Paul Reveres or Chicken Littles, depending upon your perspective, warn of a coming danger.
The doomsday scenarios appear confined neither to an intellectual ghetto where the respectable fear to tread nor to either end of the ideological spectrum. “The Coming Trump Recession” (Vanity Fair), “How to Survive the Coming Recession” (Salon.com), and “Early Recession Warnings Are Flashing Orange” (Forbes) read a few recent headlines.
This weekend, the New York Post took an especially pessimistic view of the economic future in an article entitled, “Next Crash ‘Will Be Worse Than the Great Depression’: Experts.” Peter Schiff, who predicted the Great Recession (and also downturns that never materialized), appears particularly bearish. “We won’t be able to call it a recession, it’s going to be worse than the Great Depression,” Schiff explains in the Post article. “The US economy is in so much worse shape than it was a decade ago.”
At least Jimmy the Greek named the Sunday where you should take the Raiders and the points over the Steelers. Many of the economic handicappers offer vague predictions (Schiff at least cites the end of the president’s first term as the decline’s possible beginning) of a recession, which given economic history, seems a pretty sure bet of occurring at some point.
Given that reality, why does the federal government run an $800 billion deficit this year and expect to run one in excess of $1 trillion next year? The deficit for August, $214 billion, looks a lot like the deficits America ran annually during the 1980s — when Jeremiahs warned of a collapse. A Great Depression or geopolitical strategy of spending the Soviets out of existence might call for such massive borrowing. No such project animates current bumming from lenders.
GDP growth surpassed four percent for the second quarter. The unemployment rate sinks below four percent — a figure that economists regard as meaning full employment. The Dow Jones Industrial Average regularly closes above 26,000 points.
Jeremiahs become Cassandras in such conditions. Everyone wants to believe the party goes on infinitely. But after every high comes the hangover.
Massively unbalanced books became, somewhere along the line, the new normal. Nobody, at least nobody holding a position of power, seems all that concerned.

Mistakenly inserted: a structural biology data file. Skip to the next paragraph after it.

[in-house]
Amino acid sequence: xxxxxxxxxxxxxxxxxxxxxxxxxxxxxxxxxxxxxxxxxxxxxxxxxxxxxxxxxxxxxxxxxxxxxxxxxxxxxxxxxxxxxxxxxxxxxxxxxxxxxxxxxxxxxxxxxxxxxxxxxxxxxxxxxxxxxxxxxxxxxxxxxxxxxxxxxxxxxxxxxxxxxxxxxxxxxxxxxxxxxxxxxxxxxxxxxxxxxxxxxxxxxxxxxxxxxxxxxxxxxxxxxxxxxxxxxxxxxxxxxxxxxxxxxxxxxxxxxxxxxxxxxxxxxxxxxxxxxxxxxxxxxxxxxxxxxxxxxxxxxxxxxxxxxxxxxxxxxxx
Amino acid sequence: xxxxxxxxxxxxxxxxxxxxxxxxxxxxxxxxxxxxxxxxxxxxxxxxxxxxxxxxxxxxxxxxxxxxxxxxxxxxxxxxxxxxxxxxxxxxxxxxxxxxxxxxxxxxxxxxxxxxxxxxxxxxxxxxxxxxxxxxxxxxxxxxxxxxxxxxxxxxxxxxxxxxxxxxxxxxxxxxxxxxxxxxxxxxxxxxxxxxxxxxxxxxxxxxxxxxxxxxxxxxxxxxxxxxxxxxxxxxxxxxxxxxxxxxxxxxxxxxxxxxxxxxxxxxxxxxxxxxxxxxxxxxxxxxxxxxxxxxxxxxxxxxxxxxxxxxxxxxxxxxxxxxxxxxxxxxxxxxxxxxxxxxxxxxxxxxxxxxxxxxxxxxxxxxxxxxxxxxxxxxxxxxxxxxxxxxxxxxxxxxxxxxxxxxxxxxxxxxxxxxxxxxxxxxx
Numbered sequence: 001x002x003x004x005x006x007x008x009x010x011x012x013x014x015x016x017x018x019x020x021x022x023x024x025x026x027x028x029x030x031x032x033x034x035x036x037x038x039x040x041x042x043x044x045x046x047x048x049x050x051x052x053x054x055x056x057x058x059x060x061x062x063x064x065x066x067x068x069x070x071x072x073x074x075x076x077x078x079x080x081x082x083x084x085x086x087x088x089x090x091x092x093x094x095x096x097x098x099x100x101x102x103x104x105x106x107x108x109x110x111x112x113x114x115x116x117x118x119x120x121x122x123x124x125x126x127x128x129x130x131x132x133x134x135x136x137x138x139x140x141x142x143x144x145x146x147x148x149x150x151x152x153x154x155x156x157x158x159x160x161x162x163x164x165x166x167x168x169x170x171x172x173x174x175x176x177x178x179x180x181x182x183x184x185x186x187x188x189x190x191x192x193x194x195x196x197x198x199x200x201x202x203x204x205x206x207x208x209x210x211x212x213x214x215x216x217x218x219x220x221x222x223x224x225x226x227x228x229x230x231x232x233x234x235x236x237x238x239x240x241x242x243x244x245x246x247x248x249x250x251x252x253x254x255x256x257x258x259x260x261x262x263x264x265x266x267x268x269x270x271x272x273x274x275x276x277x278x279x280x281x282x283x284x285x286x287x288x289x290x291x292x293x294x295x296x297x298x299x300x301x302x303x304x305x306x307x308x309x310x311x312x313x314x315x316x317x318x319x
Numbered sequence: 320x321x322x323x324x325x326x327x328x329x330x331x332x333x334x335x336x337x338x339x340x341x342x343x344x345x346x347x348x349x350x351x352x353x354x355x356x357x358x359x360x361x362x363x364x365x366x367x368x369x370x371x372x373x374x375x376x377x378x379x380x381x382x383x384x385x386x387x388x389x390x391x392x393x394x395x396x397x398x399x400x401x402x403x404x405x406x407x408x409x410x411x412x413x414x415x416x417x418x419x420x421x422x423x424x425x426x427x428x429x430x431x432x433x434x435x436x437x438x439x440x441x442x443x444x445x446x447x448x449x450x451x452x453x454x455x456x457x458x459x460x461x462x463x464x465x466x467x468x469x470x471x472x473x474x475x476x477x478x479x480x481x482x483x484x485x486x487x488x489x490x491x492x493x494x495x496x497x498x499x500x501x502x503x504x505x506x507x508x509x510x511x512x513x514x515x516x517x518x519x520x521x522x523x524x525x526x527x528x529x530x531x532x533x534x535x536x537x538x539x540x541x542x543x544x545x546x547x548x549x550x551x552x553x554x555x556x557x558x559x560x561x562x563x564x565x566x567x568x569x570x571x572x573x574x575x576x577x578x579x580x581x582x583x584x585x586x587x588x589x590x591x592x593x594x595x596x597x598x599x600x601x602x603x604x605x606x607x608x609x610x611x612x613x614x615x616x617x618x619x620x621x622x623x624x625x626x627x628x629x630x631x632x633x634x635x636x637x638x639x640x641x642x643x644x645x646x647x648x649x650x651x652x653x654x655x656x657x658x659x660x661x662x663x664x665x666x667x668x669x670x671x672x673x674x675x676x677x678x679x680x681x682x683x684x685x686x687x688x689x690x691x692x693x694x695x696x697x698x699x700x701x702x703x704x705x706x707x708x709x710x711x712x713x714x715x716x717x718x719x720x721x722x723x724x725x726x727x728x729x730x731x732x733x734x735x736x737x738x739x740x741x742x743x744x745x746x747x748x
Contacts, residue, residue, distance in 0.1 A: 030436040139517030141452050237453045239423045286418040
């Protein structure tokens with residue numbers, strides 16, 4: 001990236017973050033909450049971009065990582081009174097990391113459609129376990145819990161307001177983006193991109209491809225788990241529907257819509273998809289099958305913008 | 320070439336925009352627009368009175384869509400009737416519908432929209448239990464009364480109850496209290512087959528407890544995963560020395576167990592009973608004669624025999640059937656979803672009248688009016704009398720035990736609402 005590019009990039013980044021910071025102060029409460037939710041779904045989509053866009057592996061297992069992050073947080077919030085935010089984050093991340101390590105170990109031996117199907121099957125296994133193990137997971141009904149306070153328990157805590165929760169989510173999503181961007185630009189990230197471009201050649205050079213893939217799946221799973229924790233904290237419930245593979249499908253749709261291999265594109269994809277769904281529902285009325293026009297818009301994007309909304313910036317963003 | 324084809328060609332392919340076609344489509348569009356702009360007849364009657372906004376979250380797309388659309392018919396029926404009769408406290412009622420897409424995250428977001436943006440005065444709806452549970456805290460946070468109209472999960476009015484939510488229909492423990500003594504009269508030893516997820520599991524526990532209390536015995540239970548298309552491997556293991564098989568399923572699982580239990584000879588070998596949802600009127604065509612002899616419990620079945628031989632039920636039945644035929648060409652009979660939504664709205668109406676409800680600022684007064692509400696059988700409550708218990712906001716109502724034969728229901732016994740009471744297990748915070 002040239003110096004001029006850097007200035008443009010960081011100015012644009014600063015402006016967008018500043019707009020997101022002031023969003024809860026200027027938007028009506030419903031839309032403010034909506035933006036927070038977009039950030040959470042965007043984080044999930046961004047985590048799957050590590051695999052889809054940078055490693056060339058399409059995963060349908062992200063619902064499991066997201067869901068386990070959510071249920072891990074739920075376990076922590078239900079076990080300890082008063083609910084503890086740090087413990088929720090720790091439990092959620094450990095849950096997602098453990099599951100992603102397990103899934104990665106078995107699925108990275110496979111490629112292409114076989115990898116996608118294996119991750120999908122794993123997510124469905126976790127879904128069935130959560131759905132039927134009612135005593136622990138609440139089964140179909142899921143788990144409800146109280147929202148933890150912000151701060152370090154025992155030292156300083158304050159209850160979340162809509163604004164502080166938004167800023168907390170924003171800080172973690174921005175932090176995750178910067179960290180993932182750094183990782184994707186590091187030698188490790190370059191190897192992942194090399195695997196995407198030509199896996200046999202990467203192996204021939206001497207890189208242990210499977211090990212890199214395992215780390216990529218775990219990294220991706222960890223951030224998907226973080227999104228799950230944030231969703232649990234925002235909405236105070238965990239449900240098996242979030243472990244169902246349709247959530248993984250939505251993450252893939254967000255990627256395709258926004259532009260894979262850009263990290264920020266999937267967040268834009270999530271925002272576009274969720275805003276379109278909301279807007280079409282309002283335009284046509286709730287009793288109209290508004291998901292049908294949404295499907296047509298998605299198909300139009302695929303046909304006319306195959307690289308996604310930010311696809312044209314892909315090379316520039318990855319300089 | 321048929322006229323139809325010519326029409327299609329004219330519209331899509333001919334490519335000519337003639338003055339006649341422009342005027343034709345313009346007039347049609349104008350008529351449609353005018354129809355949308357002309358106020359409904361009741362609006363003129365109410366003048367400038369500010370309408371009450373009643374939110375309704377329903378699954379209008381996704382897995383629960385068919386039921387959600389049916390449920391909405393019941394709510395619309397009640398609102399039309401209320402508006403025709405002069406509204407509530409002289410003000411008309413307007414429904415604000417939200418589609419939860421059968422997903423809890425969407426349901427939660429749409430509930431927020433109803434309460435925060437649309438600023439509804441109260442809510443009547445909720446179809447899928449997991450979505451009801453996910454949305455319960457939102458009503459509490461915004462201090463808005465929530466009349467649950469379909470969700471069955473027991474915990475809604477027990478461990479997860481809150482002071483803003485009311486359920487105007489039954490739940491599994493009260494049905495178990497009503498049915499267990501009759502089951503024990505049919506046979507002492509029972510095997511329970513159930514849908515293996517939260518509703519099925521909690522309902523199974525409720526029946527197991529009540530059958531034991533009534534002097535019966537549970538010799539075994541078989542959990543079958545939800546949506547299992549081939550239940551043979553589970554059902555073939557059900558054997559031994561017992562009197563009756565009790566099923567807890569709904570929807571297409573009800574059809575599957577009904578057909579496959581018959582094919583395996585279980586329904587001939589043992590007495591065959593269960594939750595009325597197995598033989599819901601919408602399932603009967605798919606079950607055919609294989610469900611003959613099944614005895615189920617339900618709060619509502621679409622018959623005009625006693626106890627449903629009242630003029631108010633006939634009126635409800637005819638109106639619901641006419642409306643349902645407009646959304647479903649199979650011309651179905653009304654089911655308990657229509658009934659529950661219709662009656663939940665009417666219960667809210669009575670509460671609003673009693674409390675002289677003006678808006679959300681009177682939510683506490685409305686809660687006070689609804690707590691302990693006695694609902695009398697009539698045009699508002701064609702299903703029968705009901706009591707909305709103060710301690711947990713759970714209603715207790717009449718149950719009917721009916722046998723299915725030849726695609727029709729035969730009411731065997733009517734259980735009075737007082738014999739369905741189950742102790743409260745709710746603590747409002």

By most measures, the economy stampedes along like a juggernaut. It’s not times like these, but times like ones Schiff and company predict, that call for massive borrowing. Jack Hough points out in a recent issue of Barron’s about the trillion-dollar deficits forecast for the coming years that “unlike the [deficits] brought by the financial crisis and Great Recession of 2007-2009, these will start during a period of relative plenty, and won’t end.”
What happens when the next recession comes? With the federal government returning to trillion-dollar deficits as soon as next year, the notion of borrowing our way out of a slowdown seems not as appealing as it once did. The debt exceeds $21 trillion. The 10-year treasury rate exceeds three percent. With all that debt to pay off, and a demand for lenders to provide even more money, rates surely rise. And when the economy shrinks despite trillion-dollar deficits, so do tax receipts and reliance on social-welfare programs. Deficits, then, rise into an ether not yet reached by any government known to mankind.
How high do deficits reach then? Can we even afford to borrow more than we do now? Will we be able to afford not doing that?
When the problem becomes obvious to all, the problem becomes impossible to solve. A rich nation makes a poor beggar.
Hunt Lawrence is a New York-based investor. Daniel Flynn is the author of six books.
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